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A module is the DoomRL name for a mod. A module must contain a module.lua metadata file and a main.lua source file. It may also contain sounds, music, and ASCII art.

Modules can be either compiled or raw. Generally, modders distribute compiled modules. Compiled modules are files with the .wad extension. A .wad file contains all the information needed to run a module including sounds and music. A raw module is a folder with the .module extension. A raw module's folder contains all the files separately. Modders will typically have their own mod in raw format while they are developing it. A raw module can be compiled into a .wad file. In either case, modules should reside in the modules subdirectory of the main DoomRL folder.



Every module must contain a module.lua metadata file. For raw modules, it should be directly in the module folder (not in any subdirectory). This file should define a global table called module to hold the metadata. This metadata is loaded when browsing mods in the Custom Game menu. The valid entries in the table are listed below.

Module Metadata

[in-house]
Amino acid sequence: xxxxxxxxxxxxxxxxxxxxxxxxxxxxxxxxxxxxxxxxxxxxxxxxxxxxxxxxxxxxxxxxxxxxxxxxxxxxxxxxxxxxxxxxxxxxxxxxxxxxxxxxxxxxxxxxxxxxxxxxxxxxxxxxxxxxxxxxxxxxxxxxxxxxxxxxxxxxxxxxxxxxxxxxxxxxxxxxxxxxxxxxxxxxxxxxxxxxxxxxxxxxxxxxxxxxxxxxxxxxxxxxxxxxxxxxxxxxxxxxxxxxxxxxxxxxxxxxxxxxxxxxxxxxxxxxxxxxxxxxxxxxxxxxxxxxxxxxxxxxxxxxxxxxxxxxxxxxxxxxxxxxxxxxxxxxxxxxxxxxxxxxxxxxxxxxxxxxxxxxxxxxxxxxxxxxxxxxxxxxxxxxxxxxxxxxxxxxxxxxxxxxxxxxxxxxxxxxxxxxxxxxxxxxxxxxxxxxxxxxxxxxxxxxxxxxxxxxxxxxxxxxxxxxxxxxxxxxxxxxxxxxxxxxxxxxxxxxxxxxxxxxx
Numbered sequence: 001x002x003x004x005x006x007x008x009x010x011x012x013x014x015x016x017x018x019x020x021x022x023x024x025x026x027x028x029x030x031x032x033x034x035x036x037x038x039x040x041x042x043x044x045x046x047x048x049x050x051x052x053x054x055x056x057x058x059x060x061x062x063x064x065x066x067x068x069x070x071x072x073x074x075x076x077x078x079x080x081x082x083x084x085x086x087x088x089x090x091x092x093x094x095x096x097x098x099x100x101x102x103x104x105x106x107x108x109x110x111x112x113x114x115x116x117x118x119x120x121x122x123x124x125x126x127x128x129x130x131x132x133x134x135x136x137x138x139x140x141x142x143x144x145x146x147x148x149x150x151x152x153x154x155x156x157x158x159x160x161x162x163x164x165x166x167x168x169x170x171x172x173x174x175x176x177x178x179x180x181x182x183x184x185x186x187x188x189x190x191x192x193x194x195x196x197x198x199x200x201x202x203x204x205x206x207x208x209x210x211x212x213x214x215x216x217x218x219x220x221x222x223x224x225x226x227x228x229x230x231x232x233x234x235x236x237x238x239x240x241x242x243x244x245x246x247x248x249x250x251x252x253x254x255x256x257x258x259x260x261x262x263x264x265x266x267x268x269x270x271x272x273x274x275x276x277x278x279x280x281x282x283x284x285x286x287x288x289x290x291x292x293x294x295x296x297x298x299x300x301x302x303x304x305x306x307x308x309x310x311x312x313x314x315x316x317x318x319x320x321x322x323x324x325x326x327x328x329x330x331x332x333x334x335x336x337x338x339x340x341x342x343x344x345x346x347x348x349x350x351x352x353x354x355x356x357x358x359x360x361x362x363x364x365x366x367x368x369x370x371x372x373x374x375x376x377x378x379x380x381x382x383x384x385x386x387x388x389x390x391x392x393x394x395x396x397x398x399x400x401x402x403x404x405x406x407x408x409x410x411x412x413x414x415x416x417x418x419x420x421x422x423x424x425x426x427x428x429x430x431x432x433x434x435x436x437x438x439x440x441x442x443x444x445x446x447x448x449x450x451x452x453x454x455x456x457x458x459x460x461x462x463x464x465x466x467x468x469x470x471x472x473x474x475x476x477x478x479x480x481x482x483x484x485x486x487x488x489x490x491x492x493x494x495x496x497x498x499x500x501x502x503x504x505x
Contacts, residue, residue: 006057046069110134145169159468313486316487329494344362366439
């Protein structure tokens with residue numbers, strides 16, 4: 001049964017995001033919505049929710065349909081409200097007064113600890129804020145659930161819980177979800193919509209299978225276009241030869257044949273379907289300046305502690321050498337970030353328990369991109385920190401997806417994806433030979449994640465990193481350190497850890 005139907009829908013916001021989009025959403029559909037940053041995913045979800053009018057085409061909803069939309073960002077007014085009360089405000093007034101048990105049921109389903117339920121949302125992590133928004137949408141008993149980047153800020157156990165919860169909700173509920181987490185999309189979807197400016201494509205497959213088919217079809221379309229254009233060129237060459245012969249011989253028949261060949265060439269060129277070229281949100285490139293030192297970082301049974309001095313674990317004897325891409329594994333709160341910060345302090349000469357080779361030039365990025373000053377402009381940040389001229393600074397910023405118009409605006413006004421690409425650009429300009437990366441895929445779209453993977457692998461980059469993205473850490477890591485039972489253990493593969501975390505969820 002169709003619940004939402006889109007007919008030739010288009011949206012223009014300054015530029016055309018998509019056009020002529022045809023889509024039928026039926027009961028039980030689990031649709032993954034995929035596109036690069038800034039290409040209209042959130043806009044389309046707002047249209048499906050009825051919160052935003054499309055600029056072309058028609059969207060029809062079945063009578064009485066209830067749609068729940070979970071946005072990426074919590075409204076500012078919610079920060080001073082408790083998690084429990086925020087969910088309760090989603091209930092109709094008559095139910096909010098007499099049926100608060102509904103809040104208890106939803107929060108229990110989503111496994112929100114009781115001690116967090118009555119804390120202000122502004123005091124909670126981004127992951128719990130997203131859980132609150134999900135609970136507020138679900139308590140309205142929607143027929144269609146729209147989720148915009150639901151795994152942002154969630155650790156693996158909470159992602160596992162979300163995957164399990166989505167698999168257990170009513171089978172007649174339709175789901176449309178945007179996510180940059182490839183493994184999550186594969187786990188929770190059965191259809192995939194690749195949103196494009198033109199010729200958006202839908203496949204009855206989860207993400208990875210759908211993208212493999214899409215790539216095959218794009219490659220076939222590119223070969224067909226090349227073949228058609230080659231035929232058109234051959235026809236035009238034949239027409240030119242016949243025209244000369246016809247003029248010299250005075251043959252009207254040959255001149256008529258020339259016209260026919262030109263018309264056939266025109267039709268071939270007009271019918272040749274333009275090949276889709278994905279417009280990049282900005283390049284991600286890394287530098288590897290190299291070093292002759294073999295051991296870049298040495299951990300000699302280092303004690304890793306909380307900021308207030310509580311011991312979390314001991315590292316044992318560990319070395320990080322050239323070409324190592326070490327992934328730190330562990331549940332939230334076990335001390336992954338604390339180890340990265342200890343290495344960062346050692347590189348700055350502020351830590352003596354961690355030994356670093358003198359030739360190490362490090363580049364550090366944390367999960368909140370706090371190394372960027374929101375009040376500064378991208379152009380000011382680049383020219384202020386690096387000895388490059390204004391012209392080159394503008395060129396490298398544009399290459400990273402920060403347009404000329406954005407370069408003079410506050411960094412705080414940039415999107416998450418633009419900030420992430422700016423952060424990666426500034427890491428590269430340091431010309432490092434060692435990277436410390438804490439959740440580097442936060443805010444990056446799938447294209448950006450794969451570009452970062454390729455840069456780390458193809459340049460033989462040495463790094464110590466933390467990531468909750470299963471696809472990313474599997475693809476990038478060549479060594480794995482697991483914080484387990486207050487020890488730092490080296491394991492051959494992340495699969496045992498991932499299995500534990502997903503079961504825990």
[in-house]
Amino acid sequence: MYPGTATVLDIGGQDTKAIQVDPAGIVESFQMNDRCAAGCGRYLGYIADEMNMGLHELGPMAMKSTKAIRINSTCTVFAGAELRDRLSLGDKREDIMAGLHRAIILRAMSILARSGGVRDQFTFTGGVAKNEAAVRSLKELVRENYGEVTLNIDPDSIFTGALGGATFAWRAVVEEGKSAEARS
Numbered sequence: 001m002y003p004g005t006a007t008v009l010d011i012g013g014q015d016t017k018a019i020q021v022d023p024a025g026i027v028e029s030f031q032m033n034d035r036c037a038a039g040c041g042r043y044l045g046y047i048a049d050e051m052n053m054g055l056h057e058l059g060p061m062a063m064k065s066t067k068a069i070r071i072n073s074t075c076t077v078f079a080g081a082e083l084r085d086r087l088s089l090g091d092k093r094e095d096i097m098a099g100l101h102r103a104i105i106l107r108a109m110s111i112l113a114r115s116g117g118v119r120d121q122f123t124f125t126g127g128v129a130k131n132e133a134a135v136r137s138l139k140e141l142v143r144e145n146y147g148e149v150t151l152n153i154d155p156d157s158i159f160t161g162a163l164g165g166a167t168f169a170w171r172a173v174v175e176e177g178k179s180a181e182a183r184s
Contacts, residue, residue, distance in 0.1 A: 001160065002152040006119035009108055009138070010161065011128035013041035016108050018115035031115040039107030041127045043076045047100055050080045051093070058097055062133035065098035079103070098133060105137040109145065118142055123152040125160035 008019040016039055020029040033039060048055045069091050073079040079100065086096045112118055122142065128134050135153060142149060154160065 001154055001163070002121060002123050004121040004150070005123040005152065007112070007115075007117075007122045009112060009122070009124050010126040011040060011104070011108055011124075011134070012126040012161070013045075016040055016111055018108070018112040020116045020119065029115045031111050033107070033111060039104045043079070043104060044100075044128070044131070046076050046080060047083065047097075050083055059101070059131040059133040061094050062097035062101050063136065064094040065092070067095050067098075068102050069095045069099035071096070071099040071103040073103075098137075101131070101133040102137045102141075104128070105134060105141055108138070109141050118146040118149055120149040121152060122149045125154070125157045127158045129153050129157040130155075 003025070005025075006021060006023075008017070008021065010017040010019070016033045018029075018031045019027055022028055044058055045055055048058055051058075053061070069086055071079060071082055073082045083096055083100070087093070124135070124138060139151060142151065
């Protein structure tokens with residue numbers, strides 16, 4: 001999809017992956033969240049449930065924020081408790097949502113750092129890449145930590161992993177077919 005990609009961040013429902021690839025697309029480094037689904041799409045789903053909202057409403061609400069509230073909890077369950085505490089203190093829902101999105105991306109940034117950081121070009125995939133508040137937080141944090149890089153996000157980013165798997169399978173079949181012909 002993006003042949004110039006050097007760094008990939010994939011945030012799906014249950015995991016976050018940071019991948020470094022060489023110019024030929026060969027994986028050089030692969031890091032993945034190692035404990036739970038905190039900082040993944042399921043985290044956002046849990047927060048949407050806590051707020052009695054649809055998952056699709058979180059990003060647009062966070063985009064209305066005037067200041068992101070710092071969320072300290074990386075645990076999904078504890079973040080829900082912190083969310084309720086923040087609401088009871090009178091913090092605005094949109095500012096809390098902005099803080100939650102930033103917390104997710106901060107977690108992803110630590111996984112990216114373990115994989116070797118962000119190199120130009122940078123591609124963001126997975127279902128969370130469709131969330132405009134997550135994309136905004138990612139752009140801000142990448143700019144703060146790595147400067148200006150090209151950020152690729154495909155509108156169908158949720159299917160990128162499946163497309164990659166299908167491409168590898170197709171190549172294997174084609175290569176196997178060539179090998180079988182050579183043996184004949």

string id This is the name DoomRL internally use for the module. It should not be changed from version to version. The folder of a raw module must be named as the module's id with the ".module" extension. The .wad file of a compiled module must be named as the module's id with the ".wad" extension. By convention, only lowercase letters, numbers, and the underscore are used in a module's id.
string name This is the proper name of the module that will be displayed in the Custom Game menu.
string author This is the author's name (or alias). It will be displayed in the Custom Game menu.
string webpage This is the author's webpage. If you don't have a webpage, use "(none)". This will be displayed in the Custom Game menu.
integer list version This is the module's version number. The mod's version number should be updated whenever a new version is release, as future versions of DoomRL will use this to determine whether local mods are synced with the mod server. The format for a version is e.g. {1,0,0}.